Whitney Craig’s young son is a champion when it comes to shooting bow and arrow.
The Socastee youth has participated in the National Archery in the School Program for five years, and is second best in the state in his division.
But if the Horry County Council passes an ordinance that limits the shooting of firearms, her son will no longer be able to practice in his backyard of the Bridge Creek subdivision.
A bow and arrow is not considered a firearm, Craig told council members Tuesday during the Public Safety Committee meeting.
“It does not discharge explosives, and they are listing a bow as a firearm,” Craig said.
It’s not just all of the children in Horry County who participate in archery programs who would be affected by the backyard ban, but it could affect tourism as well, Craig said.
“Are you aware that we are set to host the world archery tournament in 2018, that brings thousands of archers to the Myrtle Beach area?” Craig asked the council.
“That means we have one range where bow and arrow hunters or sport shooters can go and shoot. If you bring thousands to the Myrtle Beach area and you put locals and archers there to shoot, it’s not big enough. So, where would they have practice during that time they are here for a tournament?” Craig said.
The ordinance under consideration makes exemptions to actual events for firearms, but says nothing about target shooting practice for competition.
The new rules were revealed during the meeting where council members appeared to be in general agreement with the draft ordinance aimed at preventing careless shooting in unincorporated Horry County.
The regulations would prohibit the discharge of a firearm, the definition of which includes a bow, anywhere that would allow ammunition to land on someone else’s property and endanger life or property.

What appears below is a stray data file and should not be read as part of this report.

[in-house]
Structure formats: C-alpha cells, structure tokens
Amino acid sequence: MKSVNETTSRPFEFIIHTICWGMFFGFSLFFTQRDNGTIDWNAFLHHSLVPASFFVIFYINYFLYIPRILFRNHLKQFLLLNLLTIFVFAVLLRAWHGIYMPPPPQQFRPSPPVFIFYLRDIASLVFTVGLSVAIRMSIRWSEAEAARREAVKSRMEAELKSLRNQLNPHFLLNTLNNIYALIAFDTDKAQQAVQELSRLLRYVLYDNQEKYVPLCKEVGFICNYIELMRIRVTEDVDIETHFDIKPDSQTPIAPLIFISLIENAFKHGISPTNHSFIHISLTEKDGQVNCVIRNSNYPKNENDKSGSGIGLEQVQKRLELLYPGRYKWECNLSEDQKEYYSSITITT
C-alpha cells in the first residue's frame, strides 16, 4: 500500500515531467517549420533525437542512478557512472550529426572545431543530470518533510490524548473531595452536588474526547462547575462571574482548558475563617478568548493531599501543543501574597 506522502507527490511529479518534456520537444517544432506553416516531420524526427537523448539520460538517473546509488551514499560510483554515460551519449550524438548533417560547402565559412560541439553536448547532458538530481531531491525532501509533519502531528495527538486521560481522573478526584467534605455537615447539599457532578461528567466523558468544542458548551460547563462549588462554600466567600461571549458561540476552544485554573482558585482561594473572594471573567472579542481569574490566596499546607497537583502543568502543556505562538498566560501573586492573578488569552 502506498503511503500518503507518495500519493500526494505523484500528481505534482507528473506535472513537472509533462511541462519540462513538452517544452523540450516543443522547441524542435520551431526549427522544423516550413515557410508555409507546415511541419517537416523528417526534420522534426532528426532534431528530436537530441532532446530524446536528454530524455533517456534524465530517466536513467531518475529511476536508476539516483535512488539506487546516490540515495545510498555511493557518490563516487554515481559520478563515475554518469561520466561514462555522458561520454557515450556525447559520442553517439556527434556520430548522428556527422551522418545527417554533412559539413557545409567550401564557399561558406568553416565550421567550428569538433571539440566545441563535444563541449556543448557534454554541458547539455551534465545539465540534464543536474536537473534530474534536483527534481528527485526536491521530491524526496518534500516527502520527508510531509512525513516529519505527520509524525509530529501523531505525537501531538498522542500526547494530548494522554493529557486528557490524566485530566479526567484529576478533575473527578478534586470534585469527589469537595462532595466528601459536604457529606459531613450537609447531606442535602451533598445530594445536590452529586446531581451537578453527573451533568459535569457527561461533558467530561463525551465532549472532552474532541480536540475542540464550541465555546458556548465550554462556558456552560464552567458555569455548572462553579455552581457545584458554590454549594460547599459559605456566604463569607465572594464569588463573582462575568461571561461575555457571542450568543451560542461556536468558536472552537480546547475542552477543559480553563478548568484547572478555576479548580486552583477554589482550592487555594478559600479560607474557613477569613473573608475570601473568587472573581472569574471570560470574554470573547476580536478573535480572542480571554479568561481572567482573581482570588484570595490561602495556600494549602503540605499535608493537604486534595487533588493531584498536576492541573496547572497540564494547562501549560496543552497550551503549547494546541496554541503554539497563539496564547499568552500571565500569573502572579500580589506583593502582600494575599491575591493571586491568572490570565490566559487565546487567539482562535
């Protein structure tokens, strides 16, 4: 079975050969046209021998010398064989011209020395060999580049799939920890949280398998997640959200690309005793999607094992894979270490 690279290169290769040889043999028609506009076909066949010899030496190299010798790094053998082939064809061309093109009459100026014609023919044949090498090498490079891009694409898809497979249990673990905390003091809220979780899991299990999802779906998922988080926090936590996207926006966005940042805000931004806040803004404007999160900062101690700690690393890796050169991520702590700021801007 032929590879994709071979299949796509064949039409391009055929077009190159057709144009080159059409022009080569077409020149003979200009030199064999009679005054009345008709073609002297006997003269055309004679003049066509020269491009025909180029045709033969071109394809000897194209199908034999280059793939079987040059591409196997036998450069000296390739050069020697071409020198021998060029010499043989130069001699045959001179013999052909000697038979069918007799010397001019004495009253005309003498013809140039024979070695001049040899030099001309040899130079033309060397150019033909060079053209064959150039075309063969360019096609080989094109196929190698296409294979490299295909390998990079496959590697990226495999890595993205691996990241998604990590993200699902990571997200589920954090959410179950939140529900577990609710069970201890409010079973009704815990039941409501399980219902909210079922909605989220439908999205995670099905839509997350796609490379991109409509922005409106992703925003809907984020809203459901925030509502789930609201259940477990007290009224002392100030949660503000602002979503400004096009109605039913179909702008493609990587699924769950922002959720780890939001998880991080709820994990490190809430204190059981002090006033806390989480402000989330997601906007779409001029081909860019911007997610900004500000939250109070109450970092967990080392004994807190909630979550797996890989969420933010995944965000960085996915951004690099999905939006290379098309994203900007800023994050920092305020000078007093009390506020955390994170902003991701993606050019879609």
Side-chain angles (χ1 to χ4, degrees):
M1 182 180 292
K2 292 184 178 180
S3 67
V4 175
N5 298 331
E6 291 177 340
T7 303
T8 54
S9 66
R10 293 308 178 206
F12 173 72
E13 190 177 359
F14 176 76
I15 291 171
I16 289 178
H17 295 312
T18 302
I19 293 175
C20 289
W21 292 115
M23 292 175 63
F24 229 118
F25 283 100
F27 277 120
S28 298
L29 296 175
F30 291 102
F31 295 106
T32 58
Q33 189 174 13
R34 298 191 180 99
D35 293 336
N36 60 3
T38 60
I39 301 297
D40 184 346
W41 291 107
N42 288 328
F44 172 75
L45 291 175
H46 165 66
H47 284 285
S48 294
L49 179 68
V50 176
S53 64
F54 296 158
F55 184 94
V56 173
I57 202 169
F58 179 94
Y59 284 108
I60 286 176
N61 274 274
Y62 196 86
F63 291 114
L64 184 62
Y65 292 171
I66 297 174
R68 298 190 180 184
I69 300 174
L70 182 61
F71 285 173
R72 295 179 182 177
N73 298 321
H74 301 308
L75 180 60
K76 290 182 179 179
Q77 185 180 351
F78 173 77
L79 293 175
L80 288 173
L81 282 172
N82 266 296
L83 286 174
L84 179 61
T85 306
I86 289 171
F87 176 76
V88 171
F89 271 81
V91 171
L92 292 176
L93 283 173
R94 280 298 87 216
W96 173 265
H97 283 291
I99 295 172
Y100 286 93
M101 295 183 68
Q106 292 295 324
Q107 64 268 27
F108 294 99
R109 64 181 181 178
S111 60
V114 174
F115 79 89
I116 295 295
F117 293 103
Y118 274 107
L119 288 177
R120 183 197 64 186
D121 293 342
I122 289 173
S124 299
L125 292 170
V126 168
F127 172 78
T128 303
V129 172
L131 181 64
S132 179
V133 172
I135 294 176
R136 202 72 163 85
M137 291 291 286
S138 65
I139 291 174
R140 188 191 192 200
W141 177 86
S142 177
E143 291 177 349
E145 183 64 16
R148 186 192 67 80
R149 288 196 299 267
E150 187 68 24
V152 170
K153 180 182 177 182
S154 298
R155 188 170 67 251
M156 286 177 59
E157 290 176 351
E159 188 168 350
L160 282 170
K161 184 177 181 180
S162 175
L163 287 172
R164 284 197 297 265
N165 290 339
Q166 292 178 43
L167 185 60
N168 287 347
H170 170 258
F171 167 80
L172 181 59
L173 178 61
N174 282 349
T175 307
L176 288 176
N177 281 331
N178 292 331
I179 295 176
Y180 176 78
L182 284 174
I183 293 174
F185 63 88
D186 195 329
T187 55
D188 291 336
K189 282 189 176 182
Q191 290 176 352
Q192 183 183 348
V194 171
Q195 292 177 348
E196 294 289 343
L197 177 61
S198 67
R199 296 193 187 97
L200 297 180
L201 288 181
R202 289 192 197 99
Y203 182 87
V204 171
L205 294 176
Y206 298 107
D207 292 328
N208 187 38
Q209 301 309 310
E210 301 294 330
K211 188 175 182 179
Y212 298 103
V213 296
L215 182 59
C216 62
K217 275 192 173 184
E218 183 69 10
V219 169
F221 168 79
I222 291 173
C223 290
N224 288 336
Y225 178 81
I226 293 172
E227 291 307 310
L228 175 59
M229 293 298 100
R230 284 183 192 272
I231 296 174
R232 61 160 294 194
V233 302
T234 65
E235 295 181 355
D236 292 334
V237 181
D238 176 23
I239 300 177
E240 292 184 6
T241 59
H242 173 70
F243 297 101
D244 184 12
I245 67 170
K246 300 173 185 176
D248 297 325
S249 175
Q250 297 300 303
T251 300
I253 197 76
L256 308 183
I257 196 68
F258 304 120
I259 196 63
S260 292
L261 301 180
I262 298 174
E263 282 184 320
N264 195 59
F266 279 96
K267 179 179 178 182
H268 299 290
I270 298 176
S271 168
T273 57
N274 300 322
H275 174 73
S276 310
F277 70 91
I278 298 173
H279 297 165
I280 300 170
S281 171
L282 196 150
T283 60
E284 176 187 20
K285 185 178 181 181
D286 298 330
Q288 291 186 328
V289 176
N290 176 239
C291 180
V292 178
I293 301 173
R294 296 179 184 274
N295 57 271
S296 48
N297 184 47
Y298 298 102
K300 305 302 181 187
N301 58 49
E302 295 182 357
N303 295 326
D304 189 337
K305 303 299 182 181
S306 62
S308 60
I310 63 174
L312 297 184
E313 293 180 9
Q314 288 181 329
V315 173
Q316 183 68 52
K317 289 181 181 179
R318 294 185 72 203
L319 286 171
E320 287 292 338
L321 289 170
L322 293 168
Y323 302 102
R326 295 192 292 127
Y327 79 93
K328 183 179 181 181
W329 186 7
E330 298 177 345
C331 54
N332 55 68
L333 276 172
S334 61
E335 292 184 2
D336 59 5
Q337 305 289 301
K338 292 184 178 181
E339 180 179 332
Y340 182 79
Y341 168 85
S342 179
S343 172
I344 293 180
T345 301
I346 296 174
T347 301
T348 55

It also prohibits the discharge of a firearm within a 900-feet radius of a home, school, park or public building.
The punishment for breaking the ordinance is up to 30 days in jail and a $500 fine.
The issue was initially raised as a safety problem, but councilmen says it’s also a noise issue that should be noted in the ordinance.
“If I’m within 100 feet, it’s a noise problem,” said Mark Lazarus, Horry County Council chairman. “To me, it’s irritating.”
Lazarus said he has received numerous complaints from county residents who are roused from sleep at 6 a.m. and 7 a.m. from gunfire.
“And that’s a problem,” Lazarus said.
The proposed ordinance will now also read that it is intended to address noise concerns as well as wayward projectiles.
At the suggestion of Councilman Cam Crawford, archery and compound bows would be removed from the definition of firearms, but Lazarus said crossbows should still be included.
Craig was somewhat satisfied, but said that crossbows should also be exempt from the new rules.
“I’m not really happy about that,” she said after the meeting. “You would still use it for target practice to sight your bow in before going hunting, to make sure that everything is the way it needs to be so that you kill your game,” Craig said.
“It’s a sad day that you have to propose something because some people take things to a level that is unsafe,” Craig said. “Part of it I agree with; most of it, I do not agree with.”
The ordinance will go before the full council for consideration on Feb. 21, a second reading on March 7, with final passage expected in April.